It’s here! The National Cowboy & Western Heritage Museum’s 50th annual Prix de West Invitational Art Exhibition & Sale is officially on exhibit now through August 7. If you can’t make it to the Museum, the online catalog is now LIVE too.
Prix de West showcases the American West through the work of today’s finest contemporary Western artists. In celebration of the 50th Prix de West, we will be spotlighting artists, discovering works currently resting in the Museum vault and sharing the history of this prestigious exhibition and sale.
Our next Prix de West artist in the spotlight is Quang Ho. A Vietnamese-American artist based in Denver, Colorado, Quang Ho immigrated to the United States in 1975. He has been featured in international art publications and is regarded as a prolific American master and an influential teacher. Ho is a newer member of Prix de West, having participated since 2019.
The following interview is an excerpt from “What Makes Prix de West the Premier Western Fine Art Show in the Country?” written by Prix de West Committee Chairman Dan Corazzi for the 50th Prix de West commemorative catalog.
What were your impressions, as a world-renowned artist, about participating in and attending your very first Prix de West?
Prix de West was a first-class experience in every way. The exhibit itself was arranged beautifully with some of the best works by world-class artists. After the weekend of activities with the staff, the artists, the show and sale of the works, I left with the impression that it was one of the very best art events I’ve attended. Aside from the royal treatment, we received from the staff and the museum, what was really wonderful was the genuine love and admiration that artists had for one another. There was no sense of competition but support for one another. It really felt like a family gathering. I am already looking forward to being at the next gathering.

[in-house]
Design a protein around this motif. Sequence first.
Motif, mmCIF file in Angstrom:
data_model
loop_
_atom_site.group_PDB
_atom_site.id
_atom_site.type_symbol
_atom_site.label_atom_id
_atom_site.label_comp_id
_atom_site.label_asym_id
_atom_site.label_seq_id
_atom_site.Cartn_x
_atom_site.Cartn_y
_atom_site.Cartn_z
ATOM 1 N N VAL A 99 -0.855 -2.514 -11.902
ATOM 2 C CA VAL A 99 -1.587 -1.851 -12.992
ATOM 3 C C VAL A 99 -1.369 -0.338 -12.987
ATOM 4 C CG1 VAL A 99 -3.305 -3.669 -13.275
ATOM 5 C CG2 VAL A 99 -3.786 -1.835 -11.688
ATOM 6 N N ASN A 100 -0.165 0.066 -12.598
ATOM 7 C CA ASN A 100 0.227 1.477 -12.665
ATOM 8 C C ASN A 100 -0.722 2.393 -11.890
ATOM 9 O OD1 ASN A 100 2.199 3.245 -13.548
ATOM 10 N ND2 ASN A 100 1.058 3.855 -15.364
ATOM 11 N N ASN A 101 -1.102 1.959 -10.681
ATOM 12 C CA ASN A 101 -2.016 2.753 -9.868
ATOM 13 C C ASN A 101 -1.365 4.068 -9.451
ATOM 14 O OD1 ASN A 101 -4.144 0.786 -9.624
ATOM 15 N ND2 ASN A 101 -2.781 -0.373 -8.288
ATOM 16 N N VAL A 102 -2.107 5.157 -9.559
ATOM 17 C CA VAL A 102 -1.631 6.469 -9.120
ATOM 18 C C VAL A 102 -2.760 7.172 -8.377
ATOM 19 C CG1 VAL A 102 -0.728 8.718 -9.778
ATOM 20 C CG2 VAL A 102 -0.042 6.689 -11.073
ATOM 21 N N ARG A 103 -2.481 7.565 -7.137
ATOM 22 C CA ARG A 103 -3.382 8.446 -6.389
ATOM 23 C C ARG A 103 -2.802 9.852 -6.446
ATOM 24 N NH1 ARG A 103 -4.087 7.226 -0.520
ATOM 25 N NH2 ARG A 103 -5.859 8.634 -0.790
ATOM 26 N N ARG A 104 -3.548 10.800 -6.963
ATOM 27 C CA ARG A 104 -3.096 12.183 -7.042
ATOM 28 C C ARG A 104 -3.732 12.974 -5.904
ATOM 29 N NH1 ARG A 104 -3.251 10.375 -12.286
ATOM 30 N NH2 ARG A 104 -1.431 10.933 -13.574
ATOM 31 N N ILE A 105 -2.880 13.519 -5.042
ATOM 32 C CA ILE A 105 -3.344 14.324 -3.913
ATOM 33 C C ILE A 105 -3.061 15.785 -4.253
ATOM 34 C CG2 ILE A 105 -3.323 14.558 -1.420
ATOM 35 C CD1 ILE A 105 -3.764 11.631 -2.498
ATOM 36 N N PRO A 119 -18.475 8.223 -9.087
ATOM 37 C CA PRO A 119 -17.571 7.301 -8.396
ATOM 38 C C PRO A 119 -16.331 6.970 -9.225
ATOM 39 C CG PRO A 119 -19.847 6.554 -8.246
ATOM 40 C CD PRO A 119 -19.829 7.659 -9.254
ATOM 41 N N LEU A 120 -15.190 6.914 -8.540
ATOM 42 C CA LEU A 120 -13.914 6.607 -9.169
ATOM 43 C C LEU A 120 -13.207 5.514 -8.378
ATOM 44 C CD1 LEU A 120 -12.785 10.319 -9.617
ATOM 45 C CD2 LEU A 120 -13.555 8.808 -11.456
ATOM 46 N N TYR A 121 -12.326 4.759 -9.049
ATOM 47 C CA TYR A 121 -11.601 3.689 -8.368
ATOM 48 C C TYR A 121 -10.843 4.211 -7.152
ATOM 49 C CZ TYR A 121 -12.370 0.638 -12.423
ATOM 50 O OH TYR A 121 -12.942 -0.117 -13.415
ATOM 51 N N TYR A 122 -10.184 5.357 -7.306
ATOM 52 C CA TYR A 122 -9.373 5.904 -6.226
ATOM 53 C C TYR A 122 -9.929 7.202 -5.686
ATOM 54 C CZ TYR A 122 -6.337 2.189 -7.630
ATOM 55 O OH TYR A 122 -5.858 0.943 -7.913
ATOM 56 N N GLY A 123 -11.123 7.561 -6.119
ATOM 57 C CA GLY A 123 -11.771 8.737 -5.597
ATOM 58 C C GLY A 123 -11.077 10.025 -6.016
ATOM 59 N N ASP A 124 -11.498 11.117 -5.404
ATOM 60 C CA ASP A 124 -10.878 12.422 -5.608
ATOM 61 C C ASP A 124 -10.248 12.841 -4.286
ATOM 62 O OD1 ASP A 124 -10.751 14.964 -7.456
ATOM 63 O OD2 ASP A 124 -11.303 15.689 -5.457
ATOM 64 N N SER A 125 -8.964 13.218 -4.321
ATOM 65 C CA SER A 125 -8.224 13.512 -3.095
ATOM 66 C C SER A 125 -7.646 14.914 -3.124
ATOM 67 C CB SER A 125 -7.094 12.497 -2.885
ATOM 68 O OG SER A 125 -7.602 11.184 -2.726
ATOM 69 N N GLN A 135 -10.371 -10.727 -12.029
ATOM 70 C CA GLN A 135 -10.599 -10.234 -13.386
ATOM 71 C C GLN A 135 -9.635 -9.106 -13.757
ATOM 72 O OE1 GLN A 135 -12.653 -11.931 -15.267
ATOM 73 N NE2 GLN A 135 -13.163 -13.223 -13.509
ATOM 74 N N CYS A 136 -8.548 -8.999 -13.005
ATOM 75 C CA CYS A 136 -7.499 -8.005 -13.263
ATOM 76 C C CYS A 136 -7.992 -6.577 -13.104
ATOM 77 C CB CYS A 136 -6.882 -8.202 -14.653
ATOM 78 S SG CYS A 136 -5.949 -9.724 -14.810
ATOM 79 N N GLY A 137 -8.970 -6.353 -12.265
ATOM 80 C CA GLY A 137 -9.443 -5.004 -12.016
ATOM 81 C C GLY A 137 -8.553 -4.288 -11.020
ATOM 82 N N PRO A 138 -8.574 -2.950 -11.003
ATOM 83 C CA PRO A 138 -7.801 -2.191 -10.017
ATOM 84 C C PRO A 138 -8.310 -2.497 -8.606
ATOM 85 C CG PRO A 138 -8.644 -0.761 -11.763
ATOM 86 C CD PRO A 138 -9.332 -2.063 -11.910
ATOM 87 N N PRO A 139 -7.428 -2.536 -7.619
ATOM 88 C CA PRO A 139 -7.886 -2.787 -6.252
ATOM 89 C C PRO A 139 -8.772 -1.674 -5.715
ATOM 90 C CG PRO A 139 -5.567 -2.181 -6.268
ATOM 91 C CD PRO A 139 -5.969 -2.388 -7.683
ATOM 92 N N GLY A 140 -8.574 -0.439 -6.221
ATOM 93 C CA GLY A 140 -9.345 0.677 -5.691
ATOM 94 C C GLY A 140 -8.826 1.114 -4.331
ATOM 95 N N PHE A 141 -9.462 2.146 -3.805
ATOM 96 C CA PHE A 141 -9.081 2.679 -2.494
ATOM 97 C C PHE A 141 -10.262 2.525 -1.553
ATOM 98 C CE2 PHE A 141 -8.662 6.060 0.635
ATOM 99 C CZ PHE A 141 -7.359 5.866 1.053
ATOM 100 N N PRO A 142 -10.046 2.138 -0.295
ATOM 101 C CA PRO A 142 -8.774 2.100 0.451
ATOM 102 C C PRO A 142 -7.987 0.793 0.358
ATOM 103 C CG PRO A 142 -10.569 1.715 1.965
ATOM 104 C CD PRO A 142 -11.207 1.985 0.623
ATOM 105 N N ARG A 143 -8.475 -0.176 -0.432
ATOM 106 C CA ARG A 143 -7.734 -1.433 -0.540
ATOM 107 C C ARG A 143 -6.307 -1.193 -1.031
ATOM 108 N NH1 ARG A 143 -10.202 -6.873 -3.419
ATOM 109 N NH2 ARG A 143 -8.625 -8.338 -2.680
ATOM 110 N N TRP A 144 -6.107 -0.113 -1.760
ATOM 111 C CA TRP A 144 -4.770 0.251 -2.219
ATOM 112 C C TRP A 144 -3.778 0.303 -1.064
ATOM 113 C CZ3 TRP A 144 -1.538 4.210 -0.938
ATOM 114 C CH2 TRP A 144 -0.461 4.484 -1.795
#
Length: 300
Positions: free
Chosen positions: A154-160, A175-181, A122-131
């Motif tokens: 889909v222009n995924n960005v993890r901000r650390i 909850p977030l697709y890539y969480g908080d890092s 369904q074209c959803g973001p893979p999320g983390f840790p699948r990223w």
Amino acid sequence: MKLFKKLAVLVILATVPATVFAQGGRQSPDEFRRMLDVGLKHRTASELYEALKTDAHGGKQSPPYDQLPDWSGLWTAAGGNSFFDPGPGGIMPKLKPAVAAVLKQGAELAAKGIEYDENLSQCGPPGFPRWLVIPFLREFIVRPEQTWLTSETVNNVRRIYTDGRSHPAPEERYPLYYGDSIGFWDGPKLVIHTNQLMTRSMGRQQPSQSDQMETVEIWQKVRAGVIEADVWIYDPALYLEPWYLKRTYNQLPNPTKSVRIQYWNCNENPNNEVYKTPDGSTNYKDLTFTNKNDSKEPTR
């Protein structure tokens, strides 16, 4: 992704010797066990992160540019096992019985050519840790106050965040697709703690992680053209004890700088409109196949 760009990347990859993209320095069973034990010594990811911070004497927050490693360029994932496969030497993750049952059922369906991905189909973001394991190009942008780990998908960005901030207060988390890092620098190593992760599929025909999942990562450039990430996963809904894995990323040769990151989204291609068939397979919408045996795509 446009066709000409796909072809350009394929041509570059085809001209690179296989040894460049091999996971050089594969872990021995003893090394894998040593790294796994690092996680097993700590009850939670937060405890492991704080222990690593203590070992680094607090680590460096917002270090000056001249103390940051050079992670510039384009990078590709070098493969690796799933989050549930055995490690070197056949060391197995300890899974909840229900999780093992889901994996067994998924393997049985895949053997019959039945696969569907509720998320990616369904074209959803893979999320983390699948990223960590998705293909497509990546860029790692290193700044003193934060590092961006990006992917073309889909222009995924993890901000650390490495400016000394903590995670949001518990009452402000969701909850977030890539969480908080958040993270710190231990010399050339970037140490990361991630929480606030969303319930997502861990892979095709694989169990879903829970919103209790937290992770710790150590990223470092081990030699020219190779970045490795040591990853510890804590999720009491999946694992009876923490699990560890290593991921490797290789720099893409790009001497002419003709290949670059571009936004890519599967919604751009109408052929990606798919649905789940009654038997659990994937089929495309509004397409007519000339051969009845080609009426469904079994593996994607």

Spring Arrangement with Dragonfly Oil on linen | 37″ x 48″
As an artist who also teaches art techniques to other artists and knowing that more and more fine art is being presented and sold online, how important is it for collectors to both experience and to view works of art in person at shows – like the Prix de West – before purchasing a given work of art?
A painting is not fully experienced until it is seen in person. So much of the soul and heart of the painting is in the nuances of a brush stroke – the articulation of paint handling by the artist. It’s impossible to see that in a photograph, even in high resolution. If there is an opportunity to see the work in person, it’s always a much richer and safer experience for a buyer. The exception may be that if the collector is very familiar with an artist’s work already, then buying the work of that artist from an image is less iffy. What a great treasure that the Prix de West allows the public to experience these great works in person – in a time when so much art has gone online.
After a Day Long Ride Oil on Linen | 24″ x 30″